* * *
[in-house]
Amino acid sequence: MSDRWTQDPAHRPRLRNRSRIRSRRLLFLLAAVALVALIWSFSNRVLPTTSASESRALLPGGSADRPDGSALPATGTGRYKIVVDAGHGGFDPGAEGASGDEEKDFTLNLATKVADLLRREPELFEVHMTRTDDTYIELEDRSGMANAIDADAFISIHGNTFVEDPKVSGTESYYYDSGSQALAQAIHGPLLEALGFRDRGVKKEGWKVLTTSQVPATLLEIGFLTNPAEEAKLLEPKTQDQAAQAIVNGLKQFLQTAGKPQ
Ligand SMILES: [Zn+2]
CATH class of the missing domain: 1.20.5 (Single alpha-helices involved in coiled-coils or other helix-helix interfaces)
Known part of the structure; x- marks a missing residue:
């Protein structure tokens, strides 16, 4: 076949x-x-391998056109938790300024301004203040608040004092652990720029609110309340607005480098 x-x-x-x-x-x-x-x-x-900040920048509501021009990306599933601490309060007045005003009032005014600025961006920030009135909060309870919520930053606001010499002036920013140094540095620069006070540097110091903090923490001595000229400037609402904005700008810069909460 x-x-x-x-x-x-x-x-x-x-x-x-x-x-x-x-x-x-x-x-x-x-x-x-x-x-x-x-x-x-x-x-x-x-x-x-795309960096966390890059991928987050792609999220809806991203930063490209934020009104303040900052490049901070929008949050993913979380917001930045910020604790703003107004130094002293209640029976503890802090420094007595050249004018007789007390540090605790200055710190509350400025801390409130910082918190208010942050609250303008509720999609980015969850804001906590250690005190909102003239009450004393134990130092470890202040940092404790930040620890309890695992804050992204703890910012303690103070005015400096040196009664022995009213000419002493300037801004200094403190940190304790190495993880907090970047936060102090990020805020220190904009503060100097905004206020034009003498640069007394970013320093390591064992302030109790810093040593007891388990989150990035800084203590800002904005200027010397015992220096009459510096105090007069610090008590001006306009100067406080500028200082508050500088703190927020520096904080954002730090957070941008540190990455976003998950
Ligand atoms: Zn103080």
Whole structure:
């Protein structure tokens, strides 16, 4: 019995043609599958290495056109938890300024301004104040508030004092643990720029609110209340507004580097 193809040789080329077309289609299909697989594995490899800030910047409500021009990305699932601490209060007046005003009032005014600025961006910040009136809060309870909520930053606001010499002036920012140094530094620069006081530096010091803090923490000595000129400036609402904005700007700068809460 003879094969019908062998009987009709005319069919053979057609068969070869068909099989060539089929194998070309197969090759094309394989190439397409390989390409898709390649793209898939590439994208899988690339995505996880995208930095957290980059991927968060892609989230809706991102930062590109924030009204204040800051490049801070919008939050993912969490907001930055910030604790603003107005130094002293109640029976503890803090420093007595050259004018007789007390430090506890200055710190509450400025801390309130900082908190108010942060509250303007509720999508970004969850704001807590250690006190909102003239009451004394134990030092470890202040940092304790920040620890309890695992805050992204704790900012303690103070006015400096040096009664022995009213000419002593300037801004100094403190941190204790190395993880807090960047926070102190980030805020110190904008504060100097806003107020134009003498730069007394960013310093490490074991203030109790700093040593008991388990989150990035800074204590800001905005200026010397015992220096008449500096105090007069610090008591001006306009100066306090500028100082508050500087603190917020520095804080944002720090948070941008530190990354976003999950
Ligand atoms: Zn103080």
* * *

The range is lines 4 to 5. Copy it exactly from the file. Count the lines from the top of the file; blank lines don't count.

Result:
CATH class of the missing domain: 1.20.5 (Single alpha-helices involved in coiled-coils or other helix-helix interfaces)
Known part of the structure; x- marks a missing residue: